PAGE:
New Dai Ban Wall Sculptures Featured in Exhibit at Carrie Haddad Gallery

Dai Ban

(HUDSON, N.Y., October 25, 2021) – A new series of wall sculptures built from geometric planes of foam board, Venetian plaster, pigments, and beeswax by Berkshire-based artist Dai Ban are featured in Fragments of Time and Space, a multi-artist exhibition on view at Carrie Haddad Gallery now through Sunday, November 21.

 

The exhibit also features paintings by Anthony Finta, Ginny Fox, Carl Grauer, and Joseph Maresca. According to the gallery, “The artists in this show react to constantly changing elements such as light and shadow, nature’s seasons, or height and depth perceptions. Using abstracted observations, as well as more literal depictions, the works on view challenge our relationships to time and space.”

 

Modern forms, clean lines, and tactile dimensions are descriptors for Dai Ban’s abstract wall sculptures. Designed in the Berkshires, Dai Ban works with a high-density foam board material which allows him to create distinctive sculptures that appear to be cut from stone or cement.  Deceptively lightweight, these constructions are often monochromatic; the Venetian plaster coated surfaces are typically pigmented with white, gray, black, or the occasional pop of color.

 

Dai Ban’s “Time goes by” 2021. 47”h x 74”w x 11”d precision board, Venetian plaster, pigments, beeswax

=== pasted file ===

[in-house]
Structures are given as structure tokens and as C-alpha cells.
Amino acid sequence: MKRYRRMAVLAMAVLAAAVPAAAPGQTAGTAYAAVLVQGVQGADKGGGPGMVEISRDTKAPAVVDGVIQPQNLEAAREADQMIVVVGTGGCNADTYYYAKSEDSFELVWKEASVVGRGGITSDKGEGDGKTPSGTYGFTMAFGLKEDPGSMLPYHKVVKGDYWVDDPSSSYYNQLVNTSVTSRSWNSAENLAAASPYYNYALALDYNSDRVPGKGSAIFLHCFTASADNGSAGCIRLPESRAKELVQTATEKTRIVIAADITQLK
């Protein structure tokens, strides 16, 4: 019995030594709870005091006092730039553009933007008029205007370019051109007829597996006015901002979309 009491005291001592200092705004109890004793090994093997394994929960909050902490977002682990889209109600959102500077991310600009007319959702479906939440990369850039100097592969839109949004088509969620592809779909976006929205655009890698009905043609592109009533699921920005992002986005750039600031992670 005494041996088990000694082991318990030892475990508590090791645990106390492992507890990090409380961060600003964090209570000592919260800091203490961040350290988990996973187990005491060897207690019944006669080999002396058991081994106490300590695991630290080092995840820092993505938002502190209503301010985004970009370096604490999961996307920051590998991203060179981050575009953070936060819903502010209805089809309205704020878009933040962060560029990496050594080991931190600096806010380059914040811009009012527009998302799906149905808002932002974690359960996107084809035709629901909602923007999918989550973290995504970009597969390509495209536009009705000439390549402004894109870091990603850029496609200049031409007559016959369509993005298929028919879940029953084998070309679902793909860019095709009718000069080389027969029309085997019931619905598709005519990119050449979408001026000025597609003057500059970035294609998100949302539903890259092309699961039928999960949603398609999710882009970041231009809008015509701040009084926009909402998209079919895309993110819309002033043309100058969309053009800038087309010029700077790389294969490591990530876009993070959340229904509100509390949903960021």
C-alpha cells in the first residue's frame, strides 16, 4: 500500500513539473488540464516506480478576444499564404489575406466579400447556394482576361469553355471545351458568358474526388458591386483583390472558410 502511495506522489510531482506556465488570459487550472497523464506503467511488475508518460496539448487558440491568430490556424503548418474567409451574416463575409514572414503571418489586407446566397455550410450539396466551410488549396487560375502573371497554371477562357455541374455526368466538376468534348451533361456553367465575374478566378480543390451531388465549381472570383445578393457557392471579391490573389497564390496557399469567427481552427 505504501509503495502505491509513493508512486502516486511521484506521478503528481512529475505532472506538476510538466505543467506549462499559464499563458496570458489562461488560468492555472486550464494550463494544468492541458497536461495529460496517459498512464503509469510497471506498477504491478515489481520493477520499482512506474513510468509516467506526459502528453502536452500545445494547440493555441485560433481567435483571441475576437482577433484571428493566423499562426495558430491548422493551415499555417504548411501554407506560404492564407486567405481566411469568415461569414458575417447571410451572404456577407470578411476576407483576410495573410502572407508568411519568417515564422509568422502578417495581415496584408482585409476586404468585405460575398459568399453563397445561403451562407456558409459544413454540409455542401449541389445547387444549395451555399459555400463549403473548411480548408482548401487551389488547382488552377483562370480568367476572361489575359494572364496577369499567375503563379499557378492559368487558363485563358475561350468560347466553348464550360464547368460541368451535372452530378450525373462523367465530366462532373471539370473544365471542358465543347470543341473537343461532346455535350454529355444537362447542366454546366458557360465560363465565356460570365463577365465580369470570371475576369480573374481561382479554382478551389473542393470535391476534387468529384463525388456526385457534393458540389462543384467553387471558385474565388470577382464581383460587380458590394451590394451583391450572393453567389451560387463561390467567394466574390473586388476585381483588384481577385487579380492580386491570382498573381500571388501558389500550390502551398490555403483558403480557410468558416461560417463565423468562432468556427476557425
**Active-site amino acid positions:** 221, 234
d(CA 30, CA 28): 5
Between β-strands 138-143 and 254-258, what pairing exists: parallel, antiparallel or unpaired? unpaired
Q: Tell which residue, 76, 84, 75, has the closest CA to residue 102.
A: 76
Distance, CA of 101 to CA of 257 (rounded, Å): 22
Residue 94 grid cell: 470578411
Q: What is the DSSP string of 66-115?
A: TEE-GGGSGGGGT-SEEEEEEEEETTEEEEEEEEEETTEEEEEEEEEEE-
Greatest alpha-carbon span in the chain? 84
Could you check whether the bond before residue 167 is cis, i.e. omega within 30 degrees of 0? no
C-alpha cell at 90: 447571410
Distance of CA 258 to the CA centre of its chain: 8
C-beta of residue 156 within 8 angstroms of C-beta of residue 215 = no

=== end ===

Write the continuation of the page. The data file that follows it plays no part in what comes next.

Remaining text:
Early on in his career, the artist made figurative sculpture, creating a design in his head and then recreating it with his hands. After many years, he found this approach to be too limiting.  Today, he tunes into the unconscious mind, resulting in a process that is spontaneous and intuitive. Each work in this exhibit is endowed with a quiet elegance, embracing minimalist thought and design.

 

Dan Ban’s new works take a more fluid approach to minimalist design by avoiding intentional thought and allowing the form to freely come into being from a “deep subconscious reservoir”. Beginning with a maquette, Ban experiments with angled foam board, constructing it into countless iterations until it appropriately captures ephemeral moments or feelings. After being distilled into something purely abstract, the sculptures’ sentimental nature is hinted at with titles like “Waiting for the Storm to Pass”, “Shy Little Brother”, or “Please Leave Us Alone.”

 

Dai Ban, Fruit of Poet, 2021 Foam board, Venetian Plaster, pigments, beeswax, 42 x 22 x 12 inches

According to the artist, “In my work now, the form comes first. I avoid intentional thoughts. What happens then seems to emerge from some deep subconscious reservoir: maybe from childhood, maybe from an unconscious feeling in the moment, maybe from something beyond this lifetime. I just let it come out until the form feels right. There is a sense of freedom from conscious deliberation. Then I engage in the conversations with my form and finish it without decorating but try to keep it pared down to what is essential. With hundreds of iterations of the same movements, the same strokes, I apply plaster compound to each surface until I find the right colors, the right shades, the right textures until everything is settled into place.”

Dai Ban received his education from Musashino Art University in Tokyo and currently lives in the Berkshires. The artist has been represented by the gallery since 2016.

Carrie Haddad Gallery is located at 622 Warren St., in Hudson, N.Y. The gallery is open daily 11am to 5pm, except Tuesdays, when it is open by appointment only.

 

 

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